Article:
Jing Yuechen, the founder of an Internet start-up here in the Chinese capital, has no interest in overthrowing the Communist Party...
Jing Yuechen, the founder of an Internet start-up here in the Chinese capital, has no interest in overthrowing the Communist Party. But these days she finds herself cursing the nation’s smothering cyberpolice as she tries — and fails — to browse photo-sharing websites like Flickr and struggles to stay in touch with the Facebook friends she has made during trips to France, India and Singapore.
Gmail has become almost impossible to use here, and in recent weeks the authorities have gummed up Astrill, the software Ms. Jing and countless others depended on to circumvent the Internet restrictions that Western security analysts refer to as the Great Firewall.
Lu Wei has ratcheted up China’s sophisticated system of online censorship.
By interfering with Astrill and several other popular virtual private networks, or V.P.N.s, the government has complicated the lives of Chinese astronomers seeking the latest scientific data from abroad, graphic designers shopping for clip art on Shutterstock and students submitting online applications to American universities.
“If it was legal to protest and throw rotten eggs on the street, I’d definitely be up for that,”Jing, 25, said.
China has long had some of the world’s most onerous Internet restrictions. But until now, the authorities had effectively tolerated the proliferation of V.P.N.s as a lifeline for millions of people, from archaeologists to foreign investors, who rely heavily on less-fettered access to the Internet.
But earlier this week, after a number of V.P.N. companies, including StrongVPN and Golden Frog, complained that the Chinese government had disrupted their services with unprecedented sophistication, a senior official for the first time acknowledged its hand in the attacks and implicitly promised more of the same.
The move to disable some of the most widely used V.P.N.s has provoked a torrent of outrage among video artists, entrepreneurs and professors who complain that in its quest for so-called cybersovereignty — Beijing’s euphemism for online filtering — the Communist Party is stifling the innovation and productivity needed to revive the Chinese economy at a time of slowing growth.
“I need to stay tuned into the rest of the world,” said Henry Yang, 25, the international news editor of a state-owned media company who uses Facebook to follow American broadcasters. “I feel like we’re like frogs being slowly boiled in a pot.”
Multinational companies are also alarmed by the growing online constraints. Especially worrisome, they say, are new regulations that would force foreign technology and telecom companies to give the government “back doors” to their hardware and software and require them to store data within China.
Like their Chinese counterparts, Western business owners have been complaining about their inability to gain access to many Google services since the summer. A few weeks ago, China cut off the ability to receive Gmail on smartphones through third-party email services like Apple Mail or Microsoft Outlook.
The recent disabling of several widely used V.P.N.s has made it difficult for company employees to use collaborative programs like Google Docs, although some people have found workarounds — for the time being.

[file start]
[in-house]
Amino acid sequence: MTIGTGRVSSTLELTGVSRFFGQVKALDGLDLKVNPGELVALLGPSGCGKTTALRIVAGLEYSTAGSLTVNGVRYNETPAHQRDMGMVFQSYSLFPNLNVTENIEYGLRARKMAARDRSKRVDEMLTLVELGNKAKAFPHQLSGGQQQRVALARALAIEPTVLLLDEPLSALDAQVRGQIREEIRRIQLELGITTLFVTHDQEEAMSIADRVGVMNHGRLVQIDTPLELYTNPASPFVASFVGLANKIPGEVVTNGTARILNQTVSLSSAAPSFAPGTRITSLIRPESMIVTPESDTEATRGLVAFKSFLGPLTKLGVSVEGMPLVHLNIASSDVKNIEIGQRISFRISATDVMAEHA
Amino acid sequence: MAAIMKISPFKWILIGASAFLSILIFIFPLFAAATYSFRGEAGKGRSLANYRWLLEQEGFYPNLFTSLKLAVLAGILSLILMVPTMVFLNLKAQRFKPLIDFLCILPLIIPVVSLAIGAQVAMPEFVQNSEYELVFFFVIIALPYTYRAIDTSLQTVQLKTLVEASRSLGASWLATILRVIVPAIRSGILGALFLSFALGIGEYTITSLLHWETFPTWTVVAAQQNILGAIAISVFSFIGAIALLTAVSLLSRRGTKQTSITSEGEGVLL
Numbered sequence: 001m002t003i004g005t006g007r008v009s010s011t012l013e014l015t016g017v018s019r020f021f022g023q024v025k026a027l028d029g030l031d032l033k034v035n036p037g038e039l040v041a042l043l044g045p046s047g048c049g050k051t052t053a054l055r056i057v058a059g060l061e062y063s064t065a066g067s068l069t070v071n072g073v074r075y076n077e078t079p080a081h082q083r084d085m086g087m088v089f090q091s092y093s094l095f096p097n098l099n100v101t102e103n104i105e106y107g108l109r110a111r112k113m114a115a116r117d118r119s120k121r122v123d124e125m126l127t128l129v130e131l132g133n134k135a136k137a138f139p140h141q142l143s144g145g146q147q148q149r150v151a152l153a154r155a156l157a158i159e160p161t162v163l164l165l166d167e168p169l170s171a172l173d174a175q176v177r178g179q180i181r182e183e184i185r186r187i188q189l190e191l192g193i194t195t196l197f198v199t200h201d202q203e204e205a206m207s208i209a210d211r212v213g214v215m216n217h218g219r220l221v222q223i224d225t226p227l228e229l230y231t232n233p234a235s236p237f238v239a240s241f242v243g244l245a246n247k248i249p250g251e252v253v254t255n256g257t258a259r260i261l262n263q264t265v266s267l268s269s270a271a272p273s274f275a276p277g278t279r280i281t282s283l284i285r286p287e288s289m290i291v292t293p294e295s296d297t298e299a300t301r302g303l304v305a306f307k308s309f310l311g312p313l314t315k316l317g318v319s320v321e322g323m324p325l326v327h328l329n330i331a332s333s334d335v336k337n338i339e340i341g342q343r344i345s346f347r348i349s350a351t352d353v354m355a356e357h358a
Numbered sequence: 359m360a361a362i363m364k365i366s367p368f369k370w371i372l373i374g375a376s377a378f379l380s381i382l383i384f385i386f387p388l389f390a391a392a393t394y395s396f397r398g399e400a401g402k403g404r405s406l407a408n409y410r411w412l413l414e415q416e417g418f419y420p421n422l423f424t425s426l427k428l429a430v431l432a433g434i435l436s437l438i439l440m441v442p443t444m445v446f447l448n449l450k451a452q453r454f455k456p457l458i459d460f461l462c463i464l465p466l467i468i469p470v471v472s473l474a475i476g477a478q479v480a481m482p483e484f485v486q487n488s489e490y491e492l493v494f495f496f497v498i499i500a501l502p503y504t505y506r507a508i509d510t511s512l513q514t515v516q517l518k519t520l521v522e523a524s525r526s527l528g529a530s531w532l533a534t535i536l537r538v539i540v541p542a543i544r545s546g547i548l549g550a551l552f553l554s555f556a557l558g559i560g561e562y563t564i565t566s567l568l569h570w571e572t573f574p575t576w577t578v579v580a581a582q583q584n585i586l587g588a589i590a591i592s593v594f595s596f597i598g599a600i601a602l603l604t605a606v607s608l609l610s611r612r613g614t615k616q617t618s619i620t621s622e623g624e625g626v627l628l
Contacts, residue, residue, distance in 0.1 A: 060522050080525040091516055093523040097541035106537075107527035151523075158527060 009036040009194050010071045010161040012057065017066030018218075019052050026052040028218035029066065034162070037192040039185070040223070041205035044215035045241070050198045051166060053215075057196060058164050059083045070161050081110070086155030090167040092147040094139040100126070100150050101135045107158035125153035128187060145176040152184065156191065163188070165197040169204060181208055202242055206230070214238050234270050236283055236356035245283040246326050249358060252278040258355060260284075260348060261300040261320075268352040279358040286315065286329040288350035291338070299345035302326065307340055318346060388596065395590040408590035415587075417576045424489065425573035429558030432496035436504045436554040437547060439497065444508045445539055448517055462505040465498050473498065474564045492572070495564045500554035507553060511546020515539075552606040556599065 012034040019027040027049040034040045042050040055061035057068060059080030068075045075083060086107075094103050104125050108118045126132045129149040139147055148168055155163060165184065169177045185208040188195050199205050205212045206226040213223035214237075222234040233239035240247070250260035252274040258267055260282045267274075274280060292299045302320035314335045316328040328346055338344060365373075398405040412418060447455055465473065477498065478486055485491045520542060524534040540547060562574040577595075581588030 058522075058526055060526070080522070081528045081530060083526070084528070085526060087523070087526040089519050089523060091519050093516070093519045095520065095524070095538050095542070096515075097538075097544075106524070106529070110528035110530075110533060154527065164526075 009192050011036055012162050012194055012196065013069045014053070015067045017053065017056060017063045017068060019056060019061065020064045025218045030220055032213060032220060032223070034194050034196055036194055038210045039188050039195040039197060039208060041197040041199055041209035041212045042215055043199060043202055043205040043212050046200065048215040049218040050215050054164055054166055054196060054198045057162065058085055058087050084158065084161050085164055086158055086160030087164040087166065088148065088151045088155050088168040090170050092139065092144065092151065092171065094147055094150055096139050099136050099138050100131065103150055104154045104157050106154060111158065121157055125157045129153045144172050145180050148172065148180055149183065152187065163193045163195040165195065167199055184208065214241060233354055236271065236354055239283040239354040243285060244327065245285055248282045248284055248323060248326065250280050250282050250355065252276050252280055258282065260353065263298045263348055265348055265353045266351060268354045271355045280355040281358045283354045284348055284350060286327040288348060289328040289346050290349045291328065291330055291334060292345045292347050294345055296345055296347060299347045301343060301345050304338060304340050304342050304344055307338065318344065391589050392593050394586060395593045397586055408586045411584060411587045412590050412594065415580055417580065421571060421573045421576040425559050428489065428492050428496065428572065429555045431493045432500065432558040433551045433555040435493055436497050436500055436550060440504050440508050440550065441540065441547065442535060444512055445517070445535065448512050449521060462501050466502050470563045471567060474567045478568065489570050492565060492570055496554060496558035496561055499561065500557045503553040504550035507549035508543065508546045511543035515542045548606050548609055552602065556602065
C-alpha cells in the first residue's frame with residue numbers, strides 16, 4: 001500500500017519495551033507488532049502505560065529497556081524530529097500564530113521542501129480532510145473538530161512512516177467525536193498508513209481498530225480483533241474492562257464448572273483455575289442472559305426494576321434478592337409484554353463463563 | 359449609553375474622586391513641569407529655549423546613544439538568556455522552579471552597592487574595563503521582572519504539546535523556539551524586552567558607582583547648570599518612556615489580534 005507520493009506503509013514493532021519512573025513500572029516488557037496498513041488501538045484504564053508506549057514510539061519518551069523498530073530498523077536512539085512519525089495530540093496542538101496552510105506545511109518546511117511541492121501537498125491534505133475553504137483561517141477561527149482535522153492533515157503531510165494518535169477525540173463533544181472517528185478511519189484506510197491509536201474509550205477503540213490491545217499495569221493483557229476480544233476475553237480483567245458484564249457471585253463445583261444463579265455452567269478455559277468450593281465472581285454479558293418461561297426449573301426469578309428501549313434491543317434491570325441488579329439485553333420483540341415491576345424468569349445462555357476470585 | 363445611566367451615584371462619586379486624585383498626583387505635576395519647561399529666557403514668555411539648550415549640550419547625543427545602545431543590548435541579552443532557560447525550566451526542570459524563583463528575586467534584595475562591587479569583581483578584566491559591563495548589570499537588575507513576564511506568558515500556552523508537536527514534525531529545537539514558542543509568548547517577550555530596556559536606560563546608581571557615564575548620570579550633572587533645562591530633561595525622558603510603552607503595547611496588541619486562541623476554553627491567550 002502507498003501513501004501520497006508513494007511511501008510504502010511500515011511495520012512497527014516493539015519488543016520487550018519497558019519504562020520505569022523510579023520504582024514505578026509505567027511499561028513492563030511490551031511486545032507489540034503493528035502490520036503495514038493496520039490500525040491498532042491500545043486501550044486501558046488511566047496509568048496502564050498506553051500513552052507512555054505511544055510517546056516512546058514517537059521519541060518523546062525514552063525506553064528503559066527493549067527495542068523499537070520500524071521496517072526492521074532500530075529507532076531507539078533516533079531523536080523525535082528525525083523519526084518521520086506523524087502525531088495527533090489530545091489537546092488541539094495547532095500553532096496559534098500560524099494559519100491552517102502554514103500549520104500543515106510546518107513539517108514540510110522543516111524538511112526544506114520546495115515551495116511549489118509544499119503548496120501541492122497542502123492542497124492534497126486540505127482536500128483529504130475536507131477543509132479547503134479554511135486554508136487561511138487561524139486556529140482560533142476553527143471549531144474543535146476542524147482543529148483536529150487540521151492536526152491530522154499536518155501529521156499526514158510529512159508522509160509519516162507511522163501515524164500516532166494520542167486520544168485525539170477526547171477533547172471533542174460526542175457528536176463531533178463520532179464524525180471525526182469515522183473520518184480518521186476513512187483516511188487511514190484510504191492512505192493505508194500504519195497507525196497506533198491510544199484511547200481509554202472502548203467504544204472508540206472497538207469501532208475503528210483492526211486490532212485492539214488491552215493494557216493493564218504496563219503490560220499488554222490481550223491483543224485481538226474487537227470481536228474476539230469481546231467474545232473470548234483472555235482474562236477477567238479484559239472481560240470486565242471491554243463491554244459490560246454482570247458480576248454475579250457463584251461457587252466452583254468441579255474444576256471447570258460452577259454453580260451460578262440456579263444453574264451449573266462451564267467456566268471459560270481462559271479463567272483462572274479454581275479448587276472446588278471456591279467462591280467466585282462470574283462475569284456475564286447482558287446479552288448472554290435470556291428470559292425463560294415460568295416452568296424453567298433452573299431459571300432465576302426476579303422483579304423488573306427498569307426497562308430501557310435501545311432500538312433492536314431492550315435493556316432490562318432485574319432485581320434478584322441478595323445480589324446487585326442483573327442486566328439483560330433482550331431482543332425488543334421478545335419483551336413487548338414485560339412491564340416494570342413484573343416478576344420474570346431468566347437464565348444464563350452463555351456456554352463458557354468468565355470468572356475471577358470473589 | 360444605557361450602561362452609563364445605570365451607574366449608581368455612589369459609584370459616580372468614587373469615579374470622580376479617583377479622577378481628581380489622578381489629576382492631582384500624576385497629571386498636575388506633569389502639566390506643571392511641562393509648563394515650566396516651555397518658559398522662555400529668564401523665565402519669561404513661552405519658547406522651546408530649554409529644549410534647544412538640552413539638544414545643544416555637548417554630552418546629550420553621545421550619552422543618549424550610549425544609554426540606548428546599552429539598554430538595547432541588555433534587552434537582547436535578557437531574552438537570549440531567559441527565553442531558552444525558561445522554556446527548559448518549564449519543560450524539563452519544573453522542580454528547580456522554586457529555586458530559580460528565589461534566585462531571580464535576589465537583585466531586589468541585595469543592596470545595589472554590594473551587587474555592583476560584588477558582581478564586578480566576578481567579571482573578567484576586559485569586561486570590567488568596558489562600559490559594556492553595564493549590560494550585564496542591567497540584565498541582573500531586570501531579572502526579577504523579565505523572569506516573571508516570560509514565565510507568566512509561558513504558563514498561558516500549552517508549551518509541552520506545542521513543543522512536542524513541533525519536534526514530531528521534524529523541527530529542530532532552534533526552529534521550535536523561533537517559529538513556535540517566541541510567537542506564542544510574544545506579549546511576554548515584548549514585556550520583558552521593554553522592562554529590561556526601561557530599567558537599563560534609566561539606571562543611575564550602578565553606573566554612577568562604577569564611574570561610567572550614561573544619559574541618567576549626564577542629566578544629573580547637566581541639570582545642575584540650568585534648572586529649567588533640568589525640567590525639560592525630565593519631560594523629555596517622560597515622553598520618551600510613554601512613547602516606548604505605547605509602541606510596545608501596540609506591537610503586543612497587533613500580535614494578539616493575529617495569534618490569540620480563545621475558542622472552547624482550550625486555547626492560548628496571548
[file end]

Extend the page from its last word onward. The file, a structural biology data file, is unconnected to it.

“One unfortunate result of excessive control over email and Internet traffic is the slowing down of legitimate commerce, and that is not something in China’s best interest,” said James Zimmerman, chairman of the American Chamber of Commerce in China. “In order to attract and promote world-class commercial enterprises, the government needs to encourage the use of the Internet as a crucial medium for the sharing of information and ideas to promote economic growth and development.”
Chinese authorities have long had the ability to interfere with V.P.N.s, but their interest in disrupting such programs has mounted alongside the government’s drive for cybersovereignty, especially since President Xi Jinping came to power two years ago. Lu Wei, the propaganda official Mr. Xi appointed as Internet czar, has been unapologetic in promoting the notion that China has the right to block a wide array of online content. A co-founder of Greatfire.org, which tracks online censorship in China, suggested the government had decided that soaring V.P.N. use among ordinary Chinese warranted a more aggressive attack on such software.
“This is just a further, logical step,” said the co-founder, who requested anonymity to avoid government scrutiny. “The authorities are hellbent on establishing ybersovereignty in China. If you look at what has taken place since last summer it is quite astounding.” Government officials have denied any role in blocking Google and they have dismissed accusations that Chinese authorities were behind a “man-in-the-middle” attack on Outlook two weeks ago as well as other hacking incidents involving Yahoo and Apple. But such claims have by and large fallen on deaf ears, especially given Beijing’s strident campaign against the “hostile foreign forces” it says are seeking to undermine the country through the Internet. On Tuesday, however, a senior official at the Ministry of Industry and Information Technology acknowledged that the government was targeting V.P.N.s to foster the “healthy development” of the nation’s Internet and he announced that such software was essentially illegal in China.